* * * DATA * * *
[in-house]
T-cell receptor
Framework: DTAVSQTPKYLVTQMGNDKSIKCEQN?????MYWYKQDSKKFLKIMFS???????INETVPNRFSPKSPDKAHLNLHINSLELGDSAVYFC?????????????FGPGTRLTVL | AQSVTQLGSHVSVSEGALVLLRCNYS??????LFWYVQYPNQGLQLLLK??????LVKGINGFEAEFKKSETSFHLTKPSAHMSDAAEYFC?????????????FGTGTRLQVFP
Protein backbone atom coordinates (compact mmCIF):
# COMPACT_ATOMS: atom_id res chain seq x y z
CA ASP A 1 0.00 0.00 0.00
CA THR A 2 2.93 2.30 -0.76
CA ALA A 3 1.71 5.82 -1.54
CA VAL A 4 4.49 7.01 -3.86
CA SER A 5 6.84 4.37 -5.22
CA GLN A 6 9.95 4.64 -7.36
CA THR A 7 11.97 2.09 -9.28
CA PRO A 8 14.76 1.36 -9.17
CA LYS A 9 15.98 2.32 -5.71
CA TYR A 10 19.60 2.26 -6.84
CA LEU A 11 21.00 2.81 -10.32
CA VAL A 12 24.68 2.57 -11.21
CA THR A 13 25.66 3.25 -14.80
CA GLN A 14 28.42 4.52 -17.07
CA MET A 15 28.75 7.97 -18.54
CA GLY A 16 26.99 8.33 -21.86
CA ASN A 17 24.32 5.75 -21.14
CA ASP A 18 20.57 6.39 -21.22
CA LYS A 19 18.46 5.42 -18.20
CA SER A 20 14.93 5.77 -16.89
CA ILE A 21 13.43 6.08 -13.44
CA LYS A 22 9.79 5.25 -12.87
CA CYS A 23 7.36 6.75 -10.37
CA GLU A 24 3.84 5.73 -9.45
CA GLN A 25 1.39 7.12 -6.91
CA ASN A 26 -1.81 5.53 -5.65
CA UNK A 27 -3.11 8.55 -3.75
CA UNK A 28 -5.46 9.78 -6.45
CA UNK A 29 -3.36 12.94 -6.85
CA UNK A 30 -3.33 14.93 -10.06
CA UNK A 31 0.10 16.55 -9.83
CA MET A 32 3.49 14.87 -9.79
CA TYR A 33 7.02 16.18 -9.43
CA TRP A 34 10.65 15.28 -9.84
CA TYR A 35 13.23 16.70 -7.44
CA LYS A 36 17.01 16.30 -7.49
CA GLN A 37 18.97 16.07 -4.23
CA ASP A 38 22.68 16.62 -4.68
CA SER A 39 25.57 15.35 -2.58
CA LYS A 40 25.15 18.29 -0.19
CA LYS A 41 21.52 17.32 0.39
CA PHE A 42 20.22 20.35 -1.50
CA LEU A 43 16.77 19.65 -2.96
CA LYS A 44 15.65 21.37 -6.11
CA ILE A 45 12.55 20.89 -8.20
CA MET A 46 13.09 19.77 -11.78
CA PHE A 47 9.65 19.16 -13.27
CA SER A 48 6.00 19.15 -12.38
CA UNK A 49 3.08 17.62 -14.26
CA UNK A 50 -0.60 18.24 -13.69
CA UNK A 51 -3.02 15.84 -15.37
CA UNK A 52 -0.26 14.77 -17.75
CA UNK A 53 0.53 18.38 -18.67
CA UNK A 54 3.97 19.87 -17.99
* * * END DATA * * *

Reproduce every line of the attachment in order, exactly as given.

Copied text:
[in-house]
T-cell receptor
Framework: DTAVSQTPKYLVTQMGNDKSIKCEQN?????MYWYKQDSKKFLKIMFS???????INETVPNRFSPKSPDKAHLNLHINSLELGDSAVYFC?????????????FGPGTRLTVL | AQSVTQLGSHVSVSEGALVLLRCNYS??????LFWYVQYPNQGLQLLLK??????LVKGINGFEAEFKKSETSFHLTKPSAHMSDAAEYFC?????????????FGTGTRLQVFP
Protein backbone atom coordinates (compact mmCIF):
# COMPACT_ATOMS: atom_id res chain seq x y z
CA ASP A 1 0.00 0.00 0.00
CA THR A 2 2.93 2.30 -0.76
CA ALA A 3 1.71 5.82 -1.54
CA VAL A 4 4.49 7.01 -3.86
CA SER A 5 6.84 4.37 -5.22
CA GLN A 6 9.95 4.64 -7.36
CA THR A 7 11.97 2.09 -9.28
CA PRO A 8 14.76 1.36 -9.17
CA LYS A 9 15.98 2.32 -5.71
CA TYR A 10 19.60 2.26 -6.84
CA LEU A 11 21.00 2.81 -10.32
CA VAL A 12 24.68 2.57 -11.21
CA THR A 13 25.66 3.25 -14.80
CA GLN A 14 28.42 4.52 -17.07
CA MET A 15 28.75 7.97 -18.54
CA GLY A 16 26.99 8.33 -21.86
CA ASN A 17 24.32 5.75 -21.14
CA ASP A 18 20.57 6.39 -21.22
CA LYS A 19 18.46 5.42 -18.20
CA SER A 20 14.93 5.77 -16.89
CA ILE A 21 13.43 6.08 -13.44
CA LYS A 22 9.79 5.25 -12.87
CA CYS A 23 7.36 6.75 -10.37
CA GLU A 24 3.84 5.73 -9.45
CA GLN A 25 1.39 7.12 -6.91
CA ASN A 26 -1.81 5.53 -5.65
CA UNK A 27 -3.11 8.55 -3.75
CA UNK A 28 -5.46 9.78 -6.45
CA UNK A 29 -3.36 12.94 -6.85
CA UNK A 30 -3.33 14.93 -10.06
CA UNK A 31 0.10 16.55 -9.83
CA MET A 32 3.49 14.87 -9.79
CA TYR A 33 7.02 16.18 -9.43
CA TRP A 34 10.65 15.28 -9.84
CA TYR A 35 13.23 16.70 -7.44
CA LYS A 36 17.01 16.30 -7.49
CA GLN A 37 18.97 16.07 -4.23
CA ASP A 38 22.68 16.62 -4.68
CA SER A 39 25.57 15.35 -2.58
CA LYS A 40 25.15 18.29 -0.19
CA LYS A 41 21.52 17.32 0.39
CA PHE A 42 20.22 20.35 -1.50
CA LEU A 43 16.77 19.65 -2.96
CA LYS A 44 15.65 21.37 -6.11
CA ILE A 45 12.55 20.89 -8.20
CA MET A 46 13.09 19.77 -11.78
CA PHE A 47 9.65 19.16 -13.27
CA SER A 48 6.00 19.15 -12.38
CA UNK A 49 3.08 17.62 -14.26
CA UNK A 50 -0.60 18.24 -13.69
CA UNK A 51 -3.02 15.84 -15.37
CA UNK A 52 -0.26 14.77 -17.75
CA UNK A 53 0.53 18.38 -18.67
CA UNK A 54 3.97 19.87 -17.99